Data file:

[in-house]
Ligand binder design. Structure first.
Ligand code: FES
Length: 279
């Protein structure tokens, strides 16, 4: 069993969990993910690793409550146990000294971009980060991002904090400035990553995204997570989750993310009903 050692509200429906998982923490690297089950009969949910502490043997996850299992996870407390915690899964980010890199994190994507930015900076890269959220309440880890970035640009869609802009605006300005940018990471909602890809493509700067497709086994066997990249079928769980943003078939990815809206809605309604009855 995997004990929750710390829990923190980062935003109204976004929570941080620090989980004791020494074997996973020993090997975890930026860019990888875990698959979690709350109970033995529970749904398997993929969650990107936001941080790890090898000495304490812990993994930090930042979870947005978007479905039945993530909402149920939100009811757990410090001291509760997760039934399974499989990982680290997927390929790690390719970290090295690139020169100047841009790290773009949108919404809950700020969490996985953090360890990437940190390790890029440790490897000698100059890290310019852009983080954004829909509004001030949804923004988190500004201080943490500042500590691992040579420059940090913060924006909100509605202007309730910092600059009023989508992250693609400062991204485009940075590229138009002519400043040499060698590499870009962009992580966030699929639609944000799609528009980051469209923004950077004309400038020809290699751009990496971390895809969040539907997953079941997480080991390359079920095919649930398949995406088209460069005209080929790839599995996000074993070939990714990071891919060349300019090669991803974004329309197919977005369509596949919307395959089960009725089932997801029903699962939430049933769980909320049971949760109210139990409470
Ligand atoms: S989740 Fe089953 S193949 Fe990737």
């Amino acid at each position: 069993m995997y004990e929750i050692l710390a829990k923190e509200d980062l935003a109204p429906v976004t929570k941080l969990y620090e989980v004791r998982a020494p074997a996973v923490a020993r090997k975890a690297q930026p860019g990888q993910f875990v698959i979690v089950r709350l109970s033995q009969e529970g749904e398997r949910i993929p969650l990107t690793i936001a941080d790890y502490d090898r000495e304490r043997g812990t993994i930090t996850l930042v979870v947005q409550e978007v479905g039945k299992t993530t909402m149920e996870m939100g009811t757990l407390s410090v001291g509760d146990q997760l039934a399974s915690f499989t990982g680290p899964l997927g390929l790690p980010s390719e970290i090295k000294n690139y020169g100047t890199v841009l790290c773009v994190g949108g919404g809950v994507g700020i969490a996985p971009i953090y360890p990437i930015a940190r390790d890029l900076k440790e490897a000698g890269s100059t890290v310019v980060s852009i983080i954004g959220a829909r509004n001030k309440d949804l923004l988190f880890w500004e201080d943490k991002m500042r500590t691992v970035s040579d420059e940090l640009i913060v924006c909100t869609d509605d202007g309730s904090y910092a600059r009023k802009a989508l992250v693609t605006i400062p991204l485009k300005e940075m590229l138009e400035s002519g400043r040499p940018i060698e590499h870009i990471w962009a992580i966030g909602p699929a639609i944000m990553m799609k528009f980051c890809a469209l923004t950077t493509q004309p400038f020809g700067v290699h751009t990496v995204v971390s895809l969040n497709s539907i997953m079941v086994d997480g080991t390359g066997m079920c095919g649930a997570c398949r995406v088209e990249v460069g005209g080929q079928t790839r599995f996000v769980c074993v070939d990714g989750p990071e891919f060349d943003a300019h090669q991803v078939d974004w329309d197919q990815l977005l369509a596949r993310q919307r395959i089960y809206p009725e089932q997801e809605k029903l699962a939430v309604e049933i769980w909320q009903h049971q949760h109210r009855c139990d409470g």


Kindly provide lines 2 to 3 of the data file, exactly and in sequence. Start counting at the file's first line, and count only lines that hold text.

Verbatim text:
Ligand binder design. Structure first.
Ligand code: FES